|Baikal, known as a pearl of Siberia, is a rift lake in Russia located in Southern Siberia, between Irkutsk Region to the northwest and Buryatia to the southeast. The lake’s geological formation, started around 30 million years ago, its maximum depth of 1,642 m and 5,700 cu mi of fresh unfrozen water it contains make it the planet’s oldest and deepest lake, as well as its largest body of freshwater, containing over one fifth of the world’s supply. The lake is often called by Russians Baikal Sea because of its size while for the Chinese it is the Northern Sea («Beihai»). The Baikal water is distinguished by its extraordinary clarity and cleanness being pure enough to drink in most places. Baikal is extremely rich in biodiversity, more than 80% of the animals of the lake being endemic. The seal or nerpa, found throughout Lake Baikal, is the only entirely freshwater seal populations in the world. In 1997 Lake Baikal became a part of UNESCO Heritage. With its record-high sunshine longevity and picturesque landscapes Baikal offers perfect conditions for active tourism and recreation.
Swiftly roaring down high ridges to the lake, many streams and rivers have cut through the mountains deep, narrow, dark canyons. In the places where the streams come across hard rock ledges they make up picturesque cascades. The Baikal water is distinguished by its extraordinary clarity and cleanness and have an exclusive transparency (the water clarity is 40 m deep that is maximum in general for lakes) and minimum mineralization and suspended particles of various composition. Despite some environmental concerns, it’s pure enough to drink in most places but use common sense. Fed by 300 rivers, Baikal is drained by just one, the Angara. On the steep slopes to the height of 600-800 m above the lake level the taiga rises. Up the slope, forests are replaced by sparse growth of trees and higher up stretches out the tundra.An outstanding feature of Lake Baikal, consisting in both riches and originality of its fauna and flora, attracts attention of experts all around the world. 80% of 2635 known species and subspecies of hydrobionts in the lake are found nowhere else, that means they are endemic.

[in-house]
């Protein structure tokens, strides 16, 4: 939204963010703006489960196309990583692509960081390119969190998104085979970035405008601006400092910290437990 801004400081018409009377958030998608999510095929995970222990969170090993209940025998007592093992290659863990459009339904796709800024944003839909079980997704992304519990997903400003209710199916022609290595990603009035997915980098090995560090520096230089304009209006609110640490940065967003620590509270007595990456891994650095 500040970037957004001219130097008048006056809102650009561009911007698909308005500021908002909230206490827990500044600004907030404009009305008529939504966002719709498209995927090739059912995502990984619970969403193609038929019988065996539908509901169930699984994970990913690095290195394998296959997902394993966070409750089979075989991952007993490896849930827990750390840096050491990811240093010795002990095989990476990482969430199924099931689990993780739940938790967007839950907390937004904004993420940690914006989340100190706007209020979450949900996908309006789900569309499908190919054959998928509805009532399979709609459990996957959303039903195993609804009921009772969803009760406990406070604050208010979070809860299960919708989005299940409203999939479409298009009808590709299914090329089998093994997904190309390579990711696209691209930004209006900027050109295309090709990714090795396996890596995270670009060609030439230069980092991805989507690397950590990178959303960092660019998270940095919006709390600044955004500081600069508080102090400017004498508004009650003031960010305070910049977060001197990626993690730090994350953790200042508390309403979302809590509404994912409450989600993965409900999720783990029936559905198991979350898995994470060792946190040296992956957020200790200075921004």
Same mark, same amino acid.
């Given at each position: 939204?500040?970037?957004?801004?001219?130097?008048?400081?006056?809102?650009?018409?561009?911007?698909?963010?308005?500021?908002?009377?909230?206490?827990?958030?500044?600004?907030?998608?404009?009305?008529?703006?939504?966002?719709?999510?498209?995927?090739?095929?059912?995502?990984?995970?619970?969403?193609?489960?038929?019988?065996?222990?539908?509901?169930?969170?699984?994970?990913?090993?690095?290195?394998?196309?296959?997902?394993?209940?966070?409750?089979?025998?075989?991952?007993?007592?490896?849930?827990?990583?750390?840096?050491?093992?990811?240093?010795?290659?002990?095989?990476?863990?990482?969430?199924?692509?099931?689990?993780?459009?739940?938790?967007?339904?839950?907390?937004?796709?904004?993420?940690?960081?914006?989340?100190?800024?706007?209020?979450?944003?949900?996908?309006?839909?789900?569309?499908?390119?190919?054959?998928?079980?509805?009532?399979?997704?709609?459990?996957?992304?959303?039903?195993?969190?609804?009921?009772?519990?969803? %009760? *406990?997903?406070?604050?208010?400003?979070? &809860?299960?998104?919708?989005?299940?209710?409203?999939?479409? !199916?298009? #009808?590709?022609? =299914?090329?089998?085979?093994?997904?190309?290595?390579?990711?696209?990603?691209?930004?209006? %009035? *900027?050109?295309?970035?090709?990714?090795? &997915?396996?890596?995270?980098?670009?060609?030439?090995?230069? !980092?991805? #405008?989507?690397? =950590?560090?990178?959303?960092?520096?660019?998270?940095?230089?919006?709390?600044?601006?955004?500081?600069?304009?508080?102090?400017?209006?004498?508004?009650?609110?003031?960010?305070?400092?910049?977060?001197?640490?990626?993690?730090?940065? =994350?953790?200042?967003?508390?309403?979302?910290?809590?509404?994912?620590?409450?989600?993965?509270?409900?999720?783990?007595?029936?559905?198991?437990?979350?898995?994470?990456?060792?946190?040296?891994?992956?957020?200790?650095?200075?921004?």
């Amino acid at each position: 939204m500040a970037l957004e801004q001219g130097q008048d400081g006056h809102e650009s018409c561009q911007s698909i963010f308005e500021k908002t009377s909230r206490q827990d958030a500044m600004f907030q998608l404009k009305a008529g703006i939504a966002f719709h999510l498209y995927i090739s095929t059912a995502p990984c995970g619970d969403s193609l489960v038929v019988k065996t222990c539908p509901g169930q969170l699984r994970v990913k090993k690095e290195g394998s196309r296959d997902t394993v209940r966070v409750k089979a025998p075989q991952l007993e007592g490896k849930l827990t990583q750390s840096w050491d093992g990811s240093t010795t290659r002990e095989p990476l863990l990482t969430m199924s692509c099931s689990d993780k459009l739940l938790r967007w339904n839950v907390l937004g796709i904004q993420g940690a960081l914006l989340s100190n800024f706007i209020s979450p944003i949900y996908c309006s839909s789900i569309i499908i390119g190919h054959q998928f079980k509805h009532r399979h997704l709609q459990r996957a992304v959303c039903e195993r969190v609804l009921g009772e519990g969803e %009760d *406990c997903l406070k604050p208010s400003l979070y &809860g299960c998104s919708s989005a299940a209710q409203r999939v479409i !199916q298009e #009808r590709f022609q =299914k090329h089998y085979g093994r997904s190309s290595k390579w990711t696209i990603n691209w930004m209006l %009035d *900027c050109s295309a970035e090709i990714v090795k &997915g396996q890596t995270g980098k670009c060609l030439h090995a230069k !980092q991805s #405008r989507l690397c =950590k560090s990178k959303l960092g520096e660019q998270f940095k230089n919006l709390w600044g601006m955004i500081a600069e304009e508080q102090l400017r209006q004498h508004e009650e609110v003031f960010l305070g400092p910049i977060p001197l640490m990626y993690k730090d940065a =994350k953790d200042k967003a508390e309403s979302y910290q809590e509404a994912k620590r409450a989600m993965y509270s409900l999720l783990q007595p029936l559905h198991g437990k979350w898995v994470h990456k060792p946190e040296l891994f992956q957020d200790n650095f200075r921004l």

Throughout the immense time of its existence Baikal, sheltering a unique community of life, has outlived many other natural phenomena. It does not cease to surprise explorers step by step revealing its mysteries and astonishing them with new riddles.
The region of Baikal is always bathed in sunlight. In fact, the area is distinctive for sunshine longevity which is record-high for the whole of Russia. Therefore Baikal offers some of the best conditions for active tourism and recreation. Ecological tourism is one of the most popular types of tourism at Baikal lake. Warm bays, beautiful landscapes picturesque trails – this is real treasures of the region.
Cultural and historical tourism are also widely developing based on the rich historical heritage of the region.
Until now Olkhon island is the center of shamanism, preserving knowledge of ancient traditions and legends of Buryat people. The indigenous Buryats, adherents of shamanism, believe the island to be a spiritual place. Located on its western coast Shaman’s Rock , or the Shamanka is Baikal’s most famous landmark, one of nine most sacred places in Asia. Natives believe that Burkhan, a modern religious cult figure of the Altai peoples, lives in the cave in this rock.
Architectural complex of Circum Baikal Railway was built more than a hundred years ago, and is an outstanding landmark to the construction and engineering art. The railway was supposed to be a continuation of the Trans-Siberian railway, and was very important for Russia strategically, that was the reason why such complicated project was ever started.There are a lot of beautifully constructed tunnels and bridges along the way, making Circum-Baikal somewhat of a railway monument.